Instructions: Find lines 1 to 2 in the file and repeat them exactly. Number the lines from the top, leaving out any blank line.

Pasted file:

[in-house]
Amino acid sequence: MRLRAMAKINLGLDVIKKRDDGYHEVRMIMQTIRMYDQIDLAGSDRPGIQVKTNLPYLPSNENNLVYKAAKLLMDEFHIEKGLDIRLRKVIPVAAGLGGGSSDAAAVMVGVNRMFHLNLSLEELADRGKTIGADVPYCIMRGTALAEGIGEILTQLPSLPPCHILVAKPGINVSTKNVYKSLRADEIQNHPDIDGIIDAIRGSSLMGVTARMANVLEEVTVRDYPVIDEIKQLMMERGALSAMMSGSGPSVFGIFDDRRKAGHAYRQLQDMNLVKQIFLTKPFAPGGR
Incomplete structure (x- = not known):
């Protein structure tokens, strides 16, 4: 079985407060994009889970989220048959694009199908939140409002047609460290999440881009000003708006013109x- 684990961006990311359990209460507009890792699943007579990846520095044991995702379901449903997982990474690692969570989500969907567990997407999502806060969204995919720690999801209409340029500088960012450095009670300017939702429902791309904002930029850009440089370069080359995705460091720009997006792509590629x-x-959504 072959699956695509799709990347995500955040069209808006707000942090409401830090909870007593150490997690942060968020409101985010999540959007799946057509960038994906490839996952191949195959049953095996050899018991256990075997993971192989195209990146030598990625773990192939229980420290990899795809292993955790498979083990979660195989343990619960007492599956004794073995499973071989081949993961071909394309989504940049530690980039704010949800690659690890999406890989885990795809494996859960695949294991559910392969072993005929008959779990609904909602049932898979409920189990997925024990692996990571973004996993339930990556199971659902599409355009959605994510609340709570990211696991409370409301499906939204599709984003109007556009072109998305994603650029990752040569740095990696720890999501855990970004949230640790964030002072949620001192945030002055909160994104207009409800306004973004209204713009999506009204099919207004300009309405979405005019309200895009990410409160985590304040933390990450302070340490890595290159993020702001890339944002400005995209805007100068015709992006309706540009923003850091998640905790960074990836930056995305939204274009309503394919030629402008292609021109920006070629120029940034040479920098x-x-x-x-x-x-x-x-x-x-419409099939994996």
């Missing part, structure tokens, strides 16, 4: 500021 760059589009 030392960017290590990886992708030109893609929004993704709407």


[in-house]
Amino acid sequence: MRLRAMAKINLGLDVIKKRDDGYHEVRMIMQTIRMYDQIDLAGSDRPGIQVKTNLPYLPSNENNLVYKAAKLLMDEFHIEKGLDIRLRKVIPVAAGLGGGSSDAAAVMVGVNRMFHLNLSLEELADRGKTIGADVPYCIMRGTALAEGIGEILTQLPSLPPCHILVAKPGINVSTKNVYKSLRADEIQNHPDIDGIIDAIRGSSLMGVTARMANVLEEVTVRDYPVIDEIKQLMMERGALSAMMSGSGPSVFGIFDDRRKAGHAYRQLQDMNLVKQIFLTKPFAPGGR